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A Taste of Something New: Adapting to Food in a New Country

Settling in a new country may pose many challenges for immigrants

There are language barriers, cultural differences and, often, difficulties getting accustomed to the climate, to name only a few. Though there are countless other adjustments we may discuss relating to immigration, one important and certainly relatable challenge is adapting to new and unfamiliar foods.

In Canada, one is inevitably exposed to different food from around the world, especially during the summer months through cultural festivals. Discovering new and exotic cuisine at a festival can be a fun and exciting experience, but for immigrants, getting used to different food in their new country can also be difficult and confusing.

Sometimes immigrants settle in an area where there is a very limited availability of food and ingredients from their homeland. When traditional foods aren’t readily available, you might worry that you aren’t getting enough nutrition because you aren’t familiar with the ingredients.

As a result, many immigrants face struggles in trying to cook healthy food. Sometimes it’s hard to buy food within your budget because many items are more expensive than what you are used to. And it takes a long time to learn about different kinds of healthy food available in a new country.

In addition to this, when I came to Canada, I was missing this one type of food I grew up with and felt was a source of comfort. It’s called Ubugali, a stiff porridge made from Cassava root powder and a very common dish in my home country of Burundi.

I was craving it and most African stores in Halifax don’t have the same kind of Ubugali that we have back home. So I called my best friend who lives in Montreal, and I asked if they have it there since it is a big city and it often has more selection than in Halifax. As it turned out she was able to buy it and send it to me, but it was very expensive and therefore not feasible to continue doing often.

I am, of course, not the only immigrant to have challenges adjusting to new food in Canada. Luckily for us, Pier 21 is a museum of stories of people who came – and continue to come - to make Canada their new home. To give a little of bit a taste (pun intended) of one of the many immigrant stories we have here at Pier 21, let’s explore Mireille Thomas’ experience:

“I came from Marseille, from Provence, which is an area renowned for its vegetables. We’ve always eaten—now we have a label—the Mediterranean diet—but I’ve never thought of it in those terms. There was always olive oil in our house, and tomatoes, vegetables, fresh fruit, because that is what is considered normal where I come from,” said Thomas, who immigrated to St. John’s, Nfld in 1964.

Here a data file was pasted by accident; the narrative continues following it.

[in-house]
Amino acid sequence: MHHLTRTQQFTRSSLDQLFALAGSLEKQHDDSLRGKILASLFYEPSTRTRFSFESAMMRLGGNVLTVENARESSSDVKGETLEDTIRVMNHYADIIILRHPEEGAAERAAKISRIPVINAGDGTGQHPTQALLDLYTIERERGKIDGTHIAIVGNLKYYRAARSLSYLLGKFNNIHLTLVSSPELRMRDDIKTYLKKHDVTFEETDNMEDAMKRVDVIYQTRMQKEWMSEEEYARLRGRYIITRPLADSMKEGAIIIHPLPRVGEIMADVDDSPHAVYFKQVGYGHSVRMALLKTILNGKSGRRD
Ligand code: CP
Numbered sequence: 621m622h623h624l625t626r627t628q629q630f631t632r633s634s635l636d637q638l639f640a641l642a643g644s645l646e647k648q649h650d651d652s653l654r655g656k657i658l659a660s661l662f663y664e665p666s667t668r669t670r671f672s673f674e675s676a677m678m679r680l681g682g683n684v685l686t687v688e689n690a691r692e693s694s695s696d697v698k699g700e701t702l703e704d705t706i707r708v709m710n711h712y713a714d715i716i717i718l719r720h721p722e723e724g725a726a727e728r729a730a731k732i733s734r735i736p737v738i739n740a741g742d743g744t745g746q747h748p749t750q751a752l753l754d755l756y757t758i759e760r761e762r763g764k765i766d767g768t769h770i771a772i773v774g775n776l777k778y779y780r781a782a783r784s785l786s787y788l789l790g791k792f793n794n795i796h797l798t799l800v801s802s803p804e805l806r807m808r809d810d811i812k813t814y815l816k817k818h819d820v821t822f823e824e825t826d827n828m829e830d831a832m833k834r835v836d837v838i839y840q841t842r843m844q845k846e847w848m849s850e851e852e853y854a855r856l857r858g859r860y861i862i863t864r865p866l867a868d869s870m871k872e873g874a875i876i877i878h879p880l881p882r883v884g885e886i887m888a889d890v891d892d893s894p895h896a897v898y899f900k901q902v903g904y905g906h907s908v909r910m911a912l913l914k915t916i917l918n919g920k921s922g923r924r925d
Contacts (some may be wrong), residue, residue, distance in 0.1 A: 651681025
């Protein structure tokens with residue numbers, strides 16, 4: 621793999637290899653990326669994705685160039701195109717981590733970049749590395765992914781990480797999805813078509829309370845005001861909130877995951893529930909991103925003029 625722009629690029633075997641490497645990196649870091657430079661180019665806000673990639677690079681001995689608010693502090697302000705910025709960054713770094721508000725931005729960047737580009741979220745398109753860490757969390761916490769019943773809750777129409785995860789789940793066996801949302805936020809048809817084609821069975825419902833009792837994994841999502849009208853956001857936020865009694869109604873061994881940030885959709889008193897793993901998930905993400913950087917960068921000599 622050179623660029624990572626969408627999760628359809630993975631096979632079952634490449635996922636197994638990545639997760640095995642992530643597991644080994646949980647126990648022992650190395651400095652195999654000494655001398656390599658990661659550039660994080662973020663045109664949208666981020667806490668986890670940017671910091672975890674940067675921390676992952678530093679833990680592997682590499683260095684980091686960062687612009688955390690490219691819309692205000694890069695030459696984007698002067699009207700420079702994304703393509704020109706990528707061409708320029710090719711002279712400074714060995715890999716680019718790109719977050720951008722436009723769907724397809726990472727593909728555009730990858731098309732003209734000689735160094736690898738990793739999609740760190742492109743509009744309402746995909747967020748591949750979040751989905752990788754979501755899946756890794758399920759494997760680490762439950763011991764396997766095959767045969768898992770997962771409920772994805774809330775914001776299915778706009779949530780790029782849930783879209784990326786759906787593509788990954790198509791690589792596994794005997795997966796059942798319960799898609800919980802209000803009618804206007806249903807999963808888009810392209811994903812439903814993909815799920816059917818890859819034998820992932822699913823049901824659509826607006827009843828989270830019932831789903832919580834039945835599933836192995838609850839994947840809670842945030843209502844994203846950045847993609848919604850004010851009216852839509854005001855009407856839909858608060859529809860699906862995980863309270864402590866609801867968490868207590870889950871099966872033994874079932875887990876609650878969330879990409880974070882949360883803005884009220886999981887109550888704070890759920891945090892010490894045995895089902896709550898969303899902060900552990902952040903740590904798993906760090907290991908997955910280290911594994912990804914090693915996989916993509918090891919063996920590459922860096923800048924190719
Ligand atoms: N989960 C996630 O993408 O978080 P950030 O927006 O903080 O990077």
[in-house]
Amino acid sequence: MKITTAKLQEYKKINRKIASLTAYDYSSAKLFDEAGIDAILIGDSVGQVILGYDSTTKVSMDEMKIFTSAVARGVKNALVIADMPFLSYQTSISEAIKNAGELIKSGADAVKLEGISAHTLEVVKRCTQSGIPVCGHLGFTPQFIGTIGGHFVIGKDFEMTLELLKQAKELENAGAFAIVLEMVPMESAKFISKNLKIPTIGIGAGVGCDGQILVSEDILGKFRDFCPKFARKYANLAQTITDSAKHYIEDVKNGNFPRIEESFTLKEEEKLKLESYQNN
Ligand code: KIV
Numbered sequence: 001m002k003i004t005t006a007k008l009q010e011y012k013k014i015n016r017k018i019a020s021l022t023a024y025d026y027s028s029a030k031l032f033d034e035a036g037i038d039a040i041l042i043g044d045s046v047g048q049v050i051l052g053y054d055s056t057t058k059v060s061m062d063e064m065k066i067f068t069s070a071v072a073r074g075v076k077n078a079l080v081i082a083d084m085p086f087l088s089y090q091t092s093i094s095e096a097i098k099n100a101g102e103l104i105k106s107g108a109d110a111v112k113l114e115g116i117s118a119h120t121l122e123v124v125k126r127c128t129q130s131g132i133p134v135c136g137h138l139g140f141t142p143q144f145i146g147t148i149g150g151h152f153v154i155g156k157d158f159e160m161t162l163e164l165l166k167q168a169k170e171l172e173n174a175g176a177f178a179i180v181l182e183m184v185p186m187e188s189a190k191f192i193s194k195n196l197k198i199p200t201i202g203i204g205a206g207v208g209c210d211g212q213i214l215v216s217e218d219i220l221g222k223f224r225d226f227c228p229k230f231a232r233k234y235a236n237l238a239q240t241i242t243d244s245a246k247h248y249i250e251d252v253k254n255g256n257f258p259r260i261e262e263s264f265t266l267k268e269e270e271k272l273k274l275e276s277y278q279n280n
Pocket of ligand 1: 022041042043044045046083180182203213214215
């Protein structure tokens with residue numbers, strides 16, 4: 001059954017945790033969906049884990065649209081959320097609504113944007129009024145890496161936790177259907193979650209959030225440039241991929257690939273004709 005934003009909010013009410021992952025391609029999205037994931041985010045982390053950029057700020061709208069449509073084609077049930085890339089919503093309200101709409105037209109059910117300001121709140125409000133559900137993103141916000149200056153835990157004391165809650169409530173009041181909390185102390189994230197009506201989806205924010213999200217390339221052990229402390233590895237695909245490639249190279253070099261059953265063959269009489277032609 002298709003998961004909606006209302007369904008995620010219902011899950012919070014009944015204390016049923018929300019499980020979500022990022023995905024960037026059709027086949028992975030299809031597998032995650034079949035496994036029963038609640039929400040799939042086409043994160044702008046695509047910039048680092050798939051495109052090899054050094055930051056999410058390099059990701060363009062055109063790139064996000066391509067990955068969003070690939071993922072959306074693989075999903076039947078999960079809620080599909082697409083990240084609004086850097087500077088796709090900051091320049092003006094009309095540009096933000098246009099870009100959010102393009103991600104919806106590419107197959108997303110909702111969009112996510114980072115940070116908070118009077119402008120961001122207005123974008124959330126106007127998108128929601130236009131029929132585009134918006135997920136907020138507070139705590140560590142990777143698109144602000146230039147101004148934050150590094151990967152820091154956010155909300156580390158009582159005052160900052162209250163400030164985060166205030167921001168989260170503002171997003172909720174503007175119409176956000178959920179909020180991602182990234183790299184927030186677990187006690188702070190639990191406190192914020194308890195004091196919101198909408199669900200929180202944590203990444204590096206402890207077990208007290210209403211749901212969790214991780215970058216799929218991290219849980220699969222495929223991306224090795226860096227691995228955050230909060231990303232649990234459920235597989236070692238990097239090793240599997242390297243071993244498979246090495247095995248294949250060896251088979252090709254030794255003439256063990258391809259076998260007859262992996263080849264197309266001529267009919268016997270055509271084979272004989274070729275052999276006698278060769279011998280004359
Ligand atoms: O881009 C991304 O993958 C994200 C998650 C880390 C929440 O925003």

“When I went to the grocery store there was no fresh fish. The only vegetables available at the time were carrots, turnips, potatoes, and onions. It was a little hard to adjust,” she added. “There was a lot of canned food. There was no coffee, only Nescafé. The only fish was salted fish, sometimes it was frozen. What else was there—meat, it was often frozen meat. But I do remember finding whale steaks in one of the small grocery stores that was still open. So I tasted whale, which isn’t available anymore. That’s my story. But it was quite hard to adapt, but I succeeded because it’s in my personality to do so.”

Like Thomas, I have also adapted to Canadian food. But every once in a while I still crave the familiar, comforting taste of Ubugali. I have included the recipe below, so that those of you who live in a bigger city can taste a little piece of my home country.

So if you happen to be a recent immigrant to Canada, what are some other challenges you are facing?

Can you relate to any of the challenges that I discussed above?

What is your traditional staple food?

If you’d like to learn more stories about immigrants’ experiences with food, come visit the Canadian Museum of Immigration at Pier 21.

Ubugali Recipe


This is an image of how ubugali looks when it is done.

  1. Heat water to boiling in a saucepan. Slowly pour the flour into boiling water. Avoid forming lumps.
  2. Stir continuously and mash any lumps that do form. Add more flour until it is thicker than mashed potatoes.
  3. Cook for three or four minutes, continue to stir. (Continuing to stir as the ubugali thickens is the secret to success, i.e., lump-free ubugali.)
  4. Cover and keep warm.
  5. Serve immediately with any meat, vegetable stew, beans or fish.